SPOKANE, Wash. -

The collapse of the bridge over the Skagit River Thursday brings to light the fact that many bridges across the state are deemed functionally obsolete or structurally deficient.

According to the Washington State Department of Transportation, 95 percent of Washington bridges are in fair to good condition. In 2011, 391 bridges were classified as structurally deficient. That doesn't mean the bridge isn't safe, rather it has deterioration to one of more of its major components.

Five percent of the state's bridges are in poor condition.

In the Spokane area, major bridges that most of us cross every day -- like the Maple Street Bridge -- have weight restrictions for a reason. They weren't built for today's traffic and semi trucks. In fact, a large number of Spokane County bridges were built 50 or more years ago and they're carrying the load of 2013 traffic. 

"We're pretty lucky here in [the] Spokane area, on Interstate 90, all of the bridges that we have that people travel on, the mainline freeway have been addressed recently within the last few years," WSDOT spokesman Al Gilson said.

WSDOT looks after 148 bridges in our area while Spokane County takes care of another 163 and the City of Spokane manages 44 bridges.

It's Staci Lehman's job at the Spokane Regional Transportation Council to make sure all those bridges are on the radar.

"There's a lot of bridges that need maintenance, all of our infrastructure is basically aging and close to 50 years old so it's time to do maintenance and preservation on it," she said.

One of those bridges is the Green Street Bridge, which is functionally obsolete.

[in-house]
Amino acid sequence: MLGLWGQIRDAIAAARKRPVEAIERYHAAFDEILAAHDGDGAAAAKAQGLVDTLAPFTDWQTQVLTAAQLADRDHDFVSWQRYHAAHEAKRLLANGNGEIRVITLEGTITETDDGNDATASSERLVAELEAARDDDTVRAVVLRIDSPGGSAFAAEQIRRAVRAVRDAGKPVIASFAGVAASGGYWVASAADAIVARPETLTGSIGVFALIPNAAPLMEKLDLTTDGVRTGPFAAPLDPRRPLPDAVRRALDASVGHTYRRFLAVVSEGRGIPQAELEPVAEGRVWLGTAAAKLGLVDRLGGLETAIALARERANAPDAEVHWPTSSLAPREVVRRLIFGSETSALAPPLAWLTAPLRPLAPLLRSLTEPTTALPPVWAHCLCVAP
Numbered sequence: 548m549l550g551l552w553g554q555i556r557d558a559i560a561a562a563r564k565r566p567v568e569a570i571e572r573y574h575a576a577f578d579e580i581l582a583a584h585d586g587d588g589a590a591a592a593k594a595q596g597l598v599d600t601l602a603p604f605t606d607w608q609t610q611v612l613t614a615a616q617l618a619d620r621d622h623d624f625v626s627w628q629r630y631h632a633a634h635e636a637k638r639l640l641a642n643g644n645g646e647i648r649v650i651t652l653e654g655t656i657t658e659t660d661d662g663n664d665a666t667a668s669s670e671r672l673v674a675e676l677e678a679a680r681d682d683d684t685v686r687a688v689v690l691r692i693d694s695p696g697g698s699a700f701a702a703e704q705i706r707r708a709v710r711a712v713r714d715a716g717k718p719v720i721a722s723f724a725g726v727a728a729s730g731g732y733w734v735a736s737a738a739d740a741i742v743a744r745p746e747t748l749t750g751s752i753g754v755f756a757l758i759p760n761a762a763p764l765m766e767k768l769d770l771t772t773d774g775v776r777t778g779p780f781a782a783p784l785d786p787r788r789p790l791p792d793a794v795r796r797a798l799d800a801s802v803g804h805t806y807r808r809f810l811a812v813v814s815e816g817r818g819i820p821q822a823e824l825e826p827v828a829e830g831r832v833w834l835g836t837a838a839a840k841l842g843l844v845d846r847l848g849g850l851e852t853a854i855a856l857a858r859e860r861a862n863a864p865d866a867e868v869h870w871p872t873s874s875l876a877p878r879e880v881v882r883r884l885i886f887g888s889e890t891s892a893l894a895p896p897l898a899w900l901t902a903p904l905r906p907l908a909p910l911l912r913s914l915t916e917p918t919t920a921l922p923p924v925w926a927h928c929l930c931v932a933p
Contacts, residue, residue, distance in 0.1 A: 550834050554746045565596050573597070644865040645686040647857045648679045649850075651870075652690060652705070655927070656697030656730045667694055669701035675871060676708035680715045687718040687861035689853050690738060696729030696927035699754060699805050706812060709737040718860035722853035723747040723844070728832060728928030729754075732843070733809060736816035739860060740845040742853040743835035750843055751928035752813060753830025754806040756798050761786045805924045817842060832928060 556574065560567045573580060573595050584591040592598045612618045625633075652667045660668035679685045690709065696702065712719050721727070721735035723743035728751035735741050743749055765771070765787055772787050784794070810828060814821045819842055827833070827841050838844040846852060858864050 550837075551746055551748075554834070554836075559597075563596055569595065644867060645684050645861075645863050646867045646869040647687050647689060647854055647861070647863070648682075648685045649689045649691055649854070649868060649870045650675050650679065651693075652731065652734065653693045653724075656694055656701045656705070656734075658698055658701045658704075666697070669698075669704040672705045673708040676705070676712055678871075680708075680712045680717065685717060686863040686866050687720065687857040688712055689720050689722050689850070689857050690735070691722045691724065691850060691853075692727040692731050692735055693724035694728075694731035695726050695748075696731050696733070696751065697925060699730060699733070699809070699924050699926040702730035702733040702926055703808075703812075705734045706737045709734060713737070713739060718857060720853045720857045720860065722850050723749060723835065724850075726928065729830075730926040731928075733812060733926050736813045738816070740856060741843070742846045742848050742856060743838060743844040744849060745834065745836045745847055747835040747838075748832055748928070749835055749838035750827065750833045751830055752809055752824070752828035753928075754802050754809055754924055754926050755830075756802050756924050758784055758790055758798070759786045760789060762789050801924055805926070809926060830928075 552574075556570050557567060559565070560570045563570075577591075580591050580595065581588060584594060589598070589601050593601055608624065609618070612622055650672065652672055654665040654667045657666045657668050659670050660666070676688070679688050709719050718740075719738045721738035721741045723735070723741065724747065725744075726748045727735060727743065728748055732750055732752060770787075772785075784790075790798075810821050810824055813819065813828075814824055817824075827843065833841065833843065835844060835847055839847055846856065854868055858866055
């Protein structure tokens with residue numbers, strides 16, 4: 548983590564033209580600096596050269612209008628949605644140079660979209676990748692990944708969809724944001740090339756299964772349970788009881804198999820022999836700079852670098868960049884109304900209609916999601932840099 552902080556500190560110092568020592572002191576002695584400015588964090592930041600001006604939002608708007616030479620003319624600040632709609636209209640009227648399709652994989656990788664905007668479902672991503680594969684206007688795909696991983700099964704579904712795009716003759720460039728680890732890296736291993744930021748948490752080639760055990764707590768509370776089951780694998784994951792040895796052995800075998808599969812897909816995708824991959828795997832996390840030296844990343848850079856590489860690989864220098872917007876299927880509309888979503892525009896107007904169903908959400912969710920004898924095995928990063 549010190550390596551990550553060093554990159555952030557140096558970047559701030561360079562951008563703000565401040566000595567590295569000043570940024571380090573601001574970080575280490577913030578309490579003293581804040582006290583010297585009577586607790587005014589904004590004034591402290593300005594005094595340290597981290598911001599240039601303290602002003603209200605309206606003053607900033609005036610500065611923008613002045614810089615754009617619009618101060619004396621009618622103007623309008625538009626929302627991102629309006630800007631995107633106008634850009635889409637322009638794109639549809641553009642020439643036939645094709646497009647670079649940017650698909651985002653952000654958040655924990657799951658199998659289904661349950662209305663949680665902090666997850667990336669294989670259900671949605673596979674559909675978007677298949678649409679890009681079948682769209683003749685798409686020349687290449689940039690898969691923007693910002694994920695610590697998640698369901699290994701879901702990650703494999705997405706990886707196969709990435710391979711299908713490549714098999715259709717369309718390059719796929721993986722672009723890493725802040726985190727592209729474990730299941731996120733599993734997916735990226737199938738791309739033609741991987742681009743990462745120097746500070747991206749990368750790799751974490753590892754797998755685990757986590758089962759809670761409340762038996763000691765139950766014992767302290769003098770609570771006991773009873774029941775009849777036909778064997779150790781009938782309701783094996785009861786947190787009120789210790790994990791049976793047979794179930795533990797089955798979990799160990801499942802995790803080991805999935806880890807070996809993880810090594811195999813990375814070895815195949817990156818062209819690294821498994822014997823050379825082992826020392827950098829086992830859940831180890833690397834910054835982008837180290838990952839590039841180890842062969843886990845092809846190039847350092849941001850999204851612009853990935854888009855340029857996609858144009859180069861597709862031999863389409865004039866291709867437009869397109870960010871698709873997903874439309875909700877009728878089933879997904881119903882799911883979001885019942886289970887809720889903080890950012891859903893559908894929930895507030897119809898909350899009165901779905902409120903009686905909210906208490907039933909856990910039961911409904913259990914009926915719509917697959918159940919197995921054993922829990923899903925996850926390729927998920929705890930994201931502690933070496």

"It's close to at least 50 years old, which means it was built for cars of a different era and now we're bringing large semis and multi-axle trucks across it and it just wasn't built for that weight," she said.

In transportation talk bridges are either "functionally obsolete" -- meaning weight limit is the only problem -- or "structurally deficient" which means it has structural issues that need repair.

It sounds bad but Lehman and Gilson say our bridges are safe just old, so they need work.

"If we don't put the investment into our bridges now, basically it's hard to say what will happen with them, but that's the case with all of our transportation structure," Lehman said.

With an estimated price tag of $1.9 billion to fix all of Spokane County's bridges however Lehman thinks it's unlikely Spokane bridges will see the fixes they need anytime soon.

"Someone needs to win the lottery, apparently the MegaMillions," she said.

There is so much data to flesh out about Spokane County bridges so if you want to know how many bridges are structurally deficient or functionally obsolete you can click here for the Spokane Regional Transportation Council report on bridges, and this bridge report from the Washington State Department of Transportation.